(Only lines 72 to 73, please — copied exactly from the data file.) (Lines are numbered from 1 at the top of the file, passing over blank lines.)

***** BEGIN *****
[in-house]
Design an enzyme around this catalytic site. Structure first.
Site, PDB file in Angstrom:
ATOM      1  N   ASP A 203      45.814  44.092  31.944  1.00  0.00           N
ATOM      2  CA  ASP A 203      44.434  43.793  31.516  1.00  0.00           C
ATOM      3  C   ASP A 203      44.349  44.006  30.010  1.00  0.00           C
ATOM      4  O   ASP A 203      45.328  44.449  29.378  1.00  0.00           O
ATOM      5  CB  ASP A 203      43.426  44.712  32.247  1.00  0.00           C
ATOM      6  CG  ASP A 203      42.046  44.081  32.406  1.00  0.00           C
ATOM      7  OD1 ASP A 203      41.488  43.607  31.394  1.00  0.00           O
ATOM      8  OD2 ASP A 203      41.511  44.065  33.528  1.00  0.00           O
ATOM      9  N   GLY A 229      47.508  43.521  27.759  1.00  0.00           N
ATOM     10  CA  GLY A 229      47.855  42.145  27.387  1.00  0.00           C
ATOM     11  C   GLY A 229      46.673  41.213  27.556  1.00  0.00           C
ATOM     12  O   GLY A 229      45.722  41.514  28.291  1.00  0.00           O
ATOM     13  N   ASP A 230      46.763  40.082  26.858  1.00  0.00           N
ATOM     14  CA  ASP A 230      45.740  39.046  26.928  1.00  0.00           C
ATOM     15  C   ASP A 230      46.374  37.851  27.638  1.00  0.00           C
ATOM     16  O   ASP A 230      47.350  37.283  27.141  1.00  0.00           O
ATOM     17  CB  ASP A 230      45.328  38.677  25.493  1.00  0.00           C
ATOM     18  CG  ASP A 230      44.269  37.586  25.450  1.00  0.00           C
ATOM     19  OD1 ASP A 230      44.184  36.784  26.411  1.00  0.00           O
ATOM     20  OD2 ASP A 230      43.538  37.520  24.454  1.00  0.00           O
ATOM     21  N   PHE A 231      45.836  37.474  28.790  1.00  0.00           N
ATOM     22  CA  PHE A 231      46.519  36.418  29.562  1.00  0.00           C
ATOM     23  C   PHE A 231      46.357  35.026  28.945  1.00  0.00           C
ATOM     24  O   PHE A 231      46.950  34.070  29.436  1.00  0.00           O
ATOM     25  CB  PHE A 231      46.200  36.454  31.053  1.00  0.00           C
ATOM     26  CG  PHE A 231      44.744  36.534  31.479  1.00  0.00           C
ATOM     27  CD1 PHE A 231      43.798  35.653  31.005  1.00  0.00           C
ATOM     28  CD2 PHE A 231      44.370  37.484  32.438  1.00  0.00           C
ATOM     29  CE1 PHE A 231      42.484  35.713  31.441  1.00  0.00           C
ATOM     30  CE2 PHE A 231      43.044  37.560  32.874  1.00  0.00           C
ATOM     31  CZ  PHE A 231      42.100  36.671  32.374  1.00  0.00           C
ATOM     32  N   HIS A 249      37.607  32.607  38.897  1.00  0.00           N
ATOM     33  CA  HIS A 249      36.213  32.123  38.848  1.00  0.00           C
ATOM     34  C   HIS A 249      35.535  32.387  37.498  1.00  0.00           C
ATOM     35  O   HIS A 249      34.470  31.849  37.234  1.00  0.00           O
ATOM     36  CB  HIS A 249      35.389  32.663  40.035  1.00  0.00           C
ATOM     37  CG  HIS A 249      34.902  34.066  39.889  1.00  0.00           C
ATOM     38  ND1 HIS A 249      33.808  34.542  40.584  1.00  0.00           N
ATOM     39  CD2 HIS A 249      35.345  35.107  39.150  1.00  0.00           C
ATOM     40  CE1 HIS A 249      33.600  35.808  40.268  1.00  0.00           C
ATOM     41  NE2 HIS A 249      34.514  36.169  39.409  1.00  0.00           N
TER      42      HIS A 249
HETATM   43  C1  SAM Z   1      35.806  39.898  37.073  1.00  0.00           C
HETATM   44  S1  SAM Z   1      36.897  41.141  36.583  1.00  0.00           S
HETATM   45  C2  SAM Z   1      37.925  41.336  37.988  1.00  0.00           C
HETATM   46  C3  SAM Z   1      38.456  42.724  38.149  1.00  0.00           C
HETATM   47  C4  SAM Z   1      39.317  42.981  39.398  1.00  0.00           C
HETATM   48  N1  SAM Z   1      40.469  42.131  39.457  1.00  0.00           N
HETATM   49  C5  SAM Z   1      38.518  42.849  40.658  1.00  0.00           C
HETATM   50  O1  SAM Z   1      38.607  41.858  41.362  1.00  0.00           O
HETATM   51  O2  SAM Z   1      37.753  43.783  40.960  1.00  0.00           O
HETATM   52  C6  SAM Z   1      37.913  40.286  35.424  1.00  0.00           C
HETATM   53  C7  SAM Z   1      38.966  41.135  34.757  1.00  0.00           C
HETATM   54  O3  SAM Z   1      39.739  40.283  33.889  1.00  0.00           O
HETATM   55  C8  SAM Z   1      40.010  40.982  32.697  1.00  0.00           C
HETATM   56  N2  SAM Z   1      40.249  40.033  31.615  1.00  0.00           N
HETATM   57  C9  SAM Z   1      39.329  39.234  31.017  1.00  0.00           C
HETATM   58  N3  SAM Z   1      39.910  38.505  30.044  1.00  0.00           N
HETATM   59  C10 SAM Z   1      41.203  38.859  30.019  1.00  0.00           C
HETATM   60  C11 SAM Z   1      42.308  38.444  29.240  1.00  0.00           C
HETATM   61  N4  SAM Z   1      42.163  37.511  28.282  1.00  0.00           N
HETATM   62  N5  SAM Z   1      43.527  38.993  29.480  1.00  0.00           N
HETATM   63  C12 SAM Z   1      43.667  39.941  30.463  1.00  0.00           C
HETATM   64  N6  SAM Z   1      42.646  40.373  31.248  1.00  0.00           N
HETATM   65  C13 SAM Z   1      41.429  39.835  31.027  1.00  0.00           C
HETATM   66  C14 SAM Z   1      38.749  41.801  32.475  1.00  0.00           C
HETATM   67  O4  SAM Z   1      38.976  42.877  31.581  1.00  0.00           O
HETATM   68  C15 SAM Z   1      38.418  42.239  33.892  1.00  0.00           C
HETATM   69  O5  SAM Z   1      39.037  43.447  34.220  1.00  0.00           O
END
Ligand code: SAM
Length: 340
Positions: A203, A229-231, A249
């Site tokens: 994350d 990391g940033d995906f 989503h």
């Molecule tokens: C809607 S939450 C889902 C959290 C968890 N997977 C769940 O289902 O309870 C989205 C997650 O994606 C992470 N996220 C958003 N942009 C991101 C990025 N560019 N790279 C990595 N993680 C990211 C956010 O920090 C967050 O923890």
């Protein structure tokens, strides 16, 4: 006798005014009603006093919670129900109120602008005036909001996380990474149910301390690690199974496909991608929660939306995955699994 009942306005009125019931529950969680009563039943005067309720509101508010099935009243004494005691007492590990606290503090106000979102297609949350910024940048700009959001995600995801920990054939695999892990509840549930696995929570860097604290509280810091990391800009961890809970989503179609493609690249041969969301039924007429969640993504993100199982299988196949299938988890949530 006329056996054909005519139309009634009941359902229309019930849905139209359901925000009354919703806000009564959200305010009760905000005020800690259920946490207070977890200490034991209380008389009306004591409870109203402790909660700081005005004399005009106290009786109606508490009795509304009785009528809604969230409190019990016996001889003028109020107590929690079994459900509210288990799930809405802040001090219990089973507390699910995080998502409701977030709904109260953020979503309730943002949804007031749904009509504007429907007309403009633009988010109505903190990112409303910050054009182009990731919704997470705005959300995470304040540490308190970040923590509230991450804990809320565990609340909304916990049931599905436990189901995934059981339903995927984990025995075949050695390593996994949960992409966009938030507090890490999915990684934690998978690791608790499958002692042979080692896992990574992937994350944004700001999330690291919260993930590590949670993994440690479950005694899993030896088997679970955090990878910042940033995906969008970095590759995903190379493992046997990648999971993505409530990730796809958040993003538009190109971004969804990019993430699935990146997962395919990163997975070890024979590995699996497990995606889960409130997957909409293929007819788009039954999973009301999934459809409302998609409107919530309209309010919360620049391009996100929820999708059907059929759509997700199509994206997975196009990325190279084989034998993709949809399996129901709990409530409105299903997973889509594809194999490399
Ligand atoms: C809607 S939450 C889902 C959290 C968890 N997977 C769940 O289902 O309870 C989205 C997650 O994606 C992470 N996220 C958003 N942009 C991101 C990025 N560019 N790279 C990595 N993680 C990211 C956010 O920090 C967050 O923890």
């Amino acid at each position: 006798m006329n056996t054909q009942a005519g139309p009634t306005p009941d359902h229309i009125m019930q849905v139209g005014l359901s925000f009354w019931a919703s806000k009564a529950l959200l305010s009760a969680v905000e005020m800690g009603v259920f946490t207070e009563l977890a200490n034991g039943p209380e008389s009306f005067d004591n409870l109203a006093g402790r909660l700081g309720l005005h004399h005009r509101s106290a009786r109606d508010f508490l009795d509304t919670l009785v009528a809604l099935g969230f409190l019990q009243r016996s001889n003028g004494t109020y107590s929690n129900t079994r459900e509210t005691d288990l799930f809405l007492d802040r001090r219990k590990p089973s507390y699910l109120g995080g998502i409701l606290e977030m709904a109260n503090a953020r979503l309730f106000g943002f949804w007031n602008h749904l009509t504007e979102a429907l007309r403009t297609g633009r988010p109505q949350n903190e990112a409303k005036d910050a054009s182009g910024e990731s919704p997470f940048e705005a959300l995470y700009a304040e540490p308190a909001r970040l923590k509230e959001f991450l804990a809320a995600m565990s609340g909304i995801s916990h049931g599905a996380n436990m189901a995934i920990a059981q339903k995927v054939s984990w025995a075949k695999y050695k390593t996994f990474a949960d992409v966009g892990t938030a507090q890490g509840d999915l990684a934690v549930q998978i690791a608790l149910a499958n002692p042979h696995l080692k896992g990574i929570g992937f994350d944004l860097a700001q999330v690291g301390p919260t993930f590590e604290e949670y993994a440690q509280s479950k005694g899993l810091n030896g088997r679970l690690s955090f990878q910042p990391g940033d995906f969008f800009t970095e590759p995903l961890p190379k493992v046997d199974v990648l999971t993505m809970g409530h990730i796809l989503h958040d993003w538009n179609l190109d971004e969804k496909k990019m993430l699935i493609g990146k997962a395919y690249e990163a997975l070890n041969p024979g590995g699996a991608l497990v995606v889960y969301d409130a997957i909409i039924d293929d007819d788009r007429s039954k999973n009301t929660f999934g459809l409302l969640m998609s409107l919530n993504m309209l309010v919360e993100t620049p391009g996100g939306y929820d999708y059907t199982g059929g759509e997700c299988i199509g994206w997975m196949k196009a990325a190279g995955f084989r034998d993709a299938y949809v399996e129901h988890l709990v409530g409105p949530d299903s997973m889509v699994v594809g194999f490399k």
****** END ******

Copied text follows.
HETATM   69  O5  SAM Z   1      39.037  43.447  34.220  1.00  0.00           O
END